How To Do Your Tax Planning In Current Uncertain Times

Amid partisan bickering in Washington DC and volatile economic conditions, businesses and individuals alike feel abandoned and to some extent frightened. The question they all might have in mind is how to protect their hard-earned dollars. Let us explore this quandary from the tax perspective and ascertain what we could probably do.


a) Potential Rises in Tax Brackets

Given the political nature of tax increases and both political parties scrambling to score political goals prior to November mid-term elections, it is possible to tax rates to increase. This means middle and higher-income families will be hit with more taxes. Probably, if Congress fails to act, the top nominal tax rate will go back to 39.6% and the current 33% tax rate will rise to 36%.

b) What Could Be Done?

Given these uncertainties, the only certainty is taxed will not come down. This means such tax rates either go up or stay the same for some taxpayers. Accordingly, probably, you should take bonuses this year and defer your deductions until into next year when they are probably more valuable.

How To Do Your Tax Planning In Current Uncertain TimesCAPITAL GAINS TAXES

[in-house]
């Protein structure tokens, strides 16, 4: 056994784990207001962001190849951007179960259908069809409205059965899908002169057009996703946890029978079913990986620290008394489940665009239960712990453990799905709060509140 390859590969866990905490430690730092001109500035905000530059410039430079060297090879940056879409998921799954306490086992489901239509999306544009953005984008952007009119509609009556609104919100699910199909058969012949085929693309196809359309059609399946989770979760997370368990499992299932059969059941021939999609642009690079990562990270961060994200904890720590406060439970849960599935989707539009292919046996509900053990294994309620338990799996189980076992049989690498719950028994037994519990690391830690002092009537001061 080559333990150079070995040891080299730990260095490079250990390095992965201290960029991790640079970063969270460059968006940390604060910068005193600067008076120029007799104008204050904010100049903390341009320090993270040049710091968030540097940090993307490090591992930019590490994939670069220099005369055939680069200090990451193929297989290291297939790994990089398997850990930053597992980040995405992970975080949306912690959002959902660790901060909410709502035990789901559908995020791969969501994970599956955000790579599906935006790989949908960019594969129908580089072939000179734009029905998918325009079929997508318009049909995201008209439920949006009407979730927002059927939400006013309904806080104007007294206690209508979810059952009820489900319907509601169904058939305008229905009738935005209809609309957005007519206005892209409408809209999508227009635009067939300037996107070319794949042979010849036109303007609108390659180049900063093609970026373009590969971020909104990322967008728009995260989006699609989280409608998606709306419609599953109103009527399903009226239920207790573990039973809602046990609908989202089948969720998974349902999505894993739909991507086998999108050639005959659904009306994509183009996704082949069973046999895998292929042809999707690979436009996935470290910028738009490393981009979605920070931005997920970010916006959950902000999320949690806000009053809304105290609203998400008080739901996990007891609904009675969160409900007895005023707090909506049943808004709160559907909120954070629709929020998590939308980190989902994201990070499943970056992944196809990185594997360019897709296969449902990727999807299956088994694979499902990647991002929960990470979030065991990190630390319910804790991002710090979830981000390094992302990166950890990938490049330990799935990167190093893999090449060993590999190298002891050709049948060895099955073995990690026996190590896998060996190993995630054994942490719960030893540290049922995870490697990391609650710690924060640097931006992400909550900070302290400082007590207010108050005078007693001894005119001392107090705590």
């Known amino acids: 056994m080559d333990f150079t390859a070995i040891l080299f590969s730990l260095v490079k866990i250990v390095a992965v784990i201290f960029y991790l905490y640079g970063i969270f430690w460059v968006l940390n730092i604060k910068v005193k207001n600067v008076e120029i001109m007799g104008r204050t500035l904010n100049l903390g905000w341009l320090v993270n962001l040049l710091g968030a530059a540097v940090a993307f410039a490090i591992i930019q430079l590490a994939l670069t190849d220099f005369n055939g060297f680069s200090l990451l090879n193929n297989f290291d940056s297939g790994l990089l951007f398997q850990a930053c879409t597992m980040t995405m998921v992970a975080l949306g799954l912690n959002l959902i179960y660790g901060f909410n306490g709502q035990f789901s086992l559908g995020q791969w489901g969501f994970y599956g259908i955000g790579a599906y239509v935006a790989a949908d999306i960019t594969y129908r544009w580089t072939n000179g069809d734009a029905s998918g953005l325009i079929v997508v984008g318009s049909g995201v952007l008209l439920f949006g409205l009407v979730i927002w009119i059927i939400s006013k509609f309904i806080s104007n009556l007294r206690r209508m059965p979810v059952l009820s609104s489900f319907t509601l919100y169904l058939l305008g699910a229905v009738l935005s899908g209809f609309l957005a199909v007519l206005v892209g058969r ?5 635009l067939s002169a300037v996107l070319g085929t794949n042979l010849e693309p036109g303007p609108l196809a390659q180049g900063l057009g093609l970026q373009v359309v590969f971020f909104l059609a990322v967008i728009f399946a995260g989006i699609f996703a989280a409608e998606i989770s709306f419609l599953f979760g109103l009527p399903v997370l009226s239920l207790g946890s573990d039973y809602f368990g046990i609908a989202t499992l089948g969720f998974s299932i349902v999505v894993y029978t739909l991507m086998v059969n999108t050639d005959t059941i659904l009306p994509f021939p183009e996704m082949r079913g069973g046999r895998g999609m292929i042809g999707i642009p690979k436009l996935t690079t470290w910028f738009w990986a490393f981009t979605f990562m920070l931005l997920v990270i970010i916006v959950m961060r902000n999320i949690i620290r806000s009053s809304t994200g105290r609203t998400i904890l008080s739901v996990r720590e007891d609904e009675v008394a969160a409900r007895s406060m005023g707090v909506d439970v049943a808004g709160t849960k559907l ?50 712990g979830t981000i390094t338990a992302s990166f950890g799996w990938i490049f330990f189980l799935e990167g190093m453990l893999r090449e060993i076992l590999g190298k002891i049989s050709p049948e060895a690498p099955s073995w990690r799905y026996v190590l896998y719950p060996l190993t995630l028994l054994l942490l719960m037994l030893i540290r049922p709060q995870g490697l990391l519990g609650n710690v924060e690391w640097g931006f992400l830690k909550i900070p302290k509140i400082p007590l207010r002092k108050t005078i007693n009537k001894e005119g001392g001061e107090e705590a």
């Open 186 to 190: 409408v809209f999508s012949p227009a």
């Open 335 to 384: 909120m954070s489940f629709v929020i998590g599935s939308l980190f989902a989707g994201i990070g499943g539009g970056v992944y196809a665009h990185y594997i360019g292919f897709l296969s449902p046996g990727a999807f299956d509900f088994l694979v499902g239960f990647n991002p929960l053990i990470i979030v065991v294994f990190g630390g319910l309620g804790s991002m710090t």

a) Potential Tax Rises in Capital Gains

Capital gain rates for middle income and higher income tax-payers earning $250,000 or more currently is 15%. However, it is very probable such rate to rise, at least for some relatively higher taxpayers, to 20%.

b) What Could Be Done?

If possible, complete large transactions this year. This is probably the simplest and simultaneously the most difficult proposition since the real estate market is relatively stagnant and the stock market is volatile.


a) Potential Tax Rises in Dividends

Currently, taxes on qualified dividends, GENERALLY dividends held for more than 60 days, is 15%. However, this expires at the end of this year. The rate rises, if Congress fails to act, to 39.6% for top-earned taxpayers.

b) What Could Be Done?

Probably, C Corporations should accelerate their dividends this year. Those C Corporations with no dividends might want to reconsider issuing dividends this year, given other considerations.

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